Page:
Take a look at the 4th disk down, that's my little USB drive from what feels like 1990, just 160GB - but in a USB 3 enclosure - which is funny as this suspect machine is only USB2. It is formatted as NTFS as I'm only planning on dumping container/image files on it, not loose files.
This tab gives you the ability to have a really bad day, really quickly!
As with being able to manipulate dates and times on the Case Information tab, this is another accident waiting to happen.
I have trained a number of apprentice forensic examiners in my time and the rule that has served them well is NEVER EVER prepare your destination disks on the suspect machine.
It takes seconds to format a drive, label it and make some folders for the data you are collecting to live in - on.......another.........machine.
MQ even warns you (bottom of previous screenshot) to be "careful" when erasing/formatting disks as you may erase evidence. I like the fact someone has thought of this, but I'm not conding this feature at all.
I just wish these things would go away, its not best practice and certainly not something we should be teaching the upcoming child prodigies.
This a nice addition, I would use this to monitor free disk space on my destination drive (I like to watch image files grow and ensure the process is running as anticipated) but then I am way to much of an uber geek.
You could argue this is just as dangerous as the Erase Device screen, as with the correct commands you could again delete evidence. Unless you are a proper terminal warrior this is best left well alone.
If you like progress bars, you can use this to hash an entire partition or physical drive (encryption permitting).
Hash Image File:
If you cancelled or declined the verification of your image you can use this tool to verify them at a later date. Very handy if used properly, but remember creating a zillion images with the "i'll verify them later" mindset can also be a recipe for a visit to the unemployment office.
ProTip: If you are unable to verify an image in full due to time constraints, then you have to do the next best thing (and you should be doing this even after verifying an image anyway!).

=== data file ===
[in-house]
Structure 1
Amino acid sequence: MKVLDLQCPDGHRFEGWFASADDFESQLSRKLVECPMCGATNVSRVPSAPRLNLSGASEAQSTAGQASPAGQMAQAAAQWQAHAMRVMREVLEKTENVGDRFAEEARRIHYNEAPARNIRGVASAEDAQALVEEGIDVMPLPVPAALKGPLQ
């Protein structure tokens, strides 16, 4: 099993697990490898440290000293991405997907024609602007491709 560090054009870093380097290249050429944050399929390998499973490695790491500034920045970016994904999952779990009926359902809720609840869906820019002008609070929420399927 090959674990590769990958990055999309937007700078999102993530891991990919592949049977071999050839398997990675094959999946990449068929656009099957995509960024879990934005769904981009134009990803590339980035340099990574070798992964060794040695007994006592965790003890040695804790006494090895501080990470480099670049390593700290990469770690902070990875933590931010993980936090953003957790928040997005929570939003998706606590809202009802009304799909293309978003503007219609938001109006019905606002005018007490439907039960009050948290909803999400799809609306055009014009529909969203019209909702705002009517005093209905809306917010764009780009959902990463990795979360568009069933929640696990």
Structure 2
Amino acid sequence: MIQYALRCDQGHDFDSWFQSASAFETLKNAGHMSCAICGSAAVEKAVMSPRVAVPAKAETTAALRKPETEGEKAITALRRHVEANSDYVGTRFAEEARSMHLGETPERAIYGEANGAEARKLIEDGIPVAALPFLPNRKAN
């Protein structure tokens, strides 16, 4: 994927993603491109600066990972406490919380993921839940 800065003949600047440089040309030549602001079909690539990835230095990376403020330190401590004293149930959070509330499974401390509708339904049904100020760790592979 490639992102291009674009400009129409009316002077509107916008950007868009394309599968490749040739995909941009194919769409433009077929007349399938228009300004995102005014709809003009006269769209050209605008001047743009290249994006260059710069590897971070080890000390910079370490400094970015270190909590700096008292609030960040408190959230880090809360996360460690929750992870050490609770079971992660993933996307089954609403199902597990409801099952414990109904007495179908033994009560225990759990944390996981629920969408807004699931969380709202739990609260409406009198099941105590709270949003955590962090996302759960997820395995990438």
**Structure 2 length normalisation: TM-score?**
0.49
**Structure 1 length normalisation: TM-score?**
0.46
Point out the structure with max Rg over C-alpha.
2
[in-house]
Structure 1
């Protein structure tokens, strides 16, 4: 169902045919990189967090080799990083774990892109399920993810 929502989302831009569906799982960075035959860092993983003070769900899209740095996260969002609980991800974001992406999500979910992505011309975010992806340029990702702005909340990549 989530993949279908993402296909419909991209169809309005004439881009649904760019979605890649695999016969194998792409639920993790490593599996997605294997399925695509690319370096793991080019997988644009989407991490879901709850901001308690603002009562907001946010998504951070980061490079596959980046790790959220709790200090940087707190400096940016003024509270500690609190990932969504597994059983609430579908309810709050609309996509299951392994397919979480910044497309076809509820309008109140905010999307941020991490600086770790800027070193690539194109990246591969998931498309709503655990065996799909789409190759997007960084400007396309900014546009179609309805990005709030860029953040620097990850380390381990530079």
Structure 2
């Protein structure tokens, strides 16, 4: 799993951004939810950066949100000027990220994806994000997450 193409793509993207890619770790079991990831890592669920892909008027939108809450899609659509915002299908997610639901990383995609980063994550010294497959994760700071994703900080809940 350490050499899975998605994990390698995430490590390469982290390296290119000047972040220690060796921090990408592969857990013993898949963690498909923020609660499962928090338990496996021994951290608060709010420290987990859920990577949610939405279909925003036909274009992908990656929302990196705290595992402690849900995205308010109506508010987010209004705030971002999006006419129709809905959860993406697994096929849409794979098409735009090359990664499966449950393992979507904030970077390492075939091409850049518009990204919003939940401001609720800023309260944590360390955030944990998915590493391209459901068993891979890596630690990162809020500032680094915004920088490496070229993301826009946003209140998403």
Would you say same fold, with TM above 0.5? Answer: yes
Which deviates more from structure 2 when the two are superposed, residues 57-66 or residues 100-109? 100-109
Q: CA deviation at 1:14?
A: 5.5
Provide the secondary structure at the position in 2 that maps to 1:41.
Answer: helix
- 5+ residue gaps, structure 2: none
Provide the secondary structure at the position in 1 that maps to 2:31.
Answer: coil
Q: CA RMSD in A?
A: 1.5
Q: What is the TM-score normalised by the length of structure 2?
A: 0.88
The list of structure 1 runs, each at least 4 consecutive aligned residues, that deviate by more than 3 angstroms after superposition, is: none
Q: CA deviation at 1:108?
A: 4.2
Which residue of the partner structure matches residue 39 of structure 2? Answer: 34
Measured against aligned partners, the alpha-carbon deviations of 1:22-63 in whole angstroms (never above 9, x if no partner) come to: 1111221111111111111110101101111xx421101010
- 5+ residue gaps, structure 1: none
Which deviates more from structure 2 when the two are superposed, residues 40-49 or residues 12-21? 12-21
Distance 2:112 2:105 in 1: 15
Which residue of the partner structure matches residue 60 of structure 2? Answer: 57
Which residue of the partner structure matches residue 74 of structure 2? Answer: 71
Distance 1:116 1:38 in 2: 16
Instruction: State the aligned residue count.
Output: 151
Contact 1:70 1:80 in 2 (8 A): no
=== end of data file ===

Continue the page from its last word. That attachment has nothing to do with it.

Open each image file and check you can see the file system, next head to the Windows folder (or some Mac system files) and find a readme.txt file (as you may not be permitted to read custodian documents) and see if that is viewable.
You have at least then confirmed the image is functional and can then start verifying it at the next convenient moment.
I don't recommend anyone starts doing this "verify later" as a workflow, this must be factored into the time allowed to create the image - but sometimes, whether you like to admit it or not, that is just not possible when the clients office is closing for the day and you will be thrown out into the car park at 5pm.
Check out the FTK Imager review on this site (not online at the time of writing this - subscribe to be notified when) to see when a controlled, "verify later" approach can help you get more done when time constraints prevent you from verifying immediately after acquisition.
In short, take another machine or two with you and let those verify in the background whilst you are using your acquisition machine to do just that - acquire!
Image Device Screen:
So, this is where the magic happens, RAM, Disks and partitions/volumes are imaged via this screen;
You will see that we have the machines 8GB of RAM listed as "Physical Memory" at the top of the list, then we have Disk0, the Mac's internal 500GB drive.
Anything else on this list is most likely going to be your destination disk and the paritions on the MQ dongle. You would also see Time Machine, Fusion drives and any other Mac you have connected via Target Disk Mode (TDM) on this list, if they are attached to the machine.
So now we must select our destination volume (remember that vintage 160GB NTFS USB drive I mentioned earlier), MQ shows it to me and offers me the choice to mount it read only;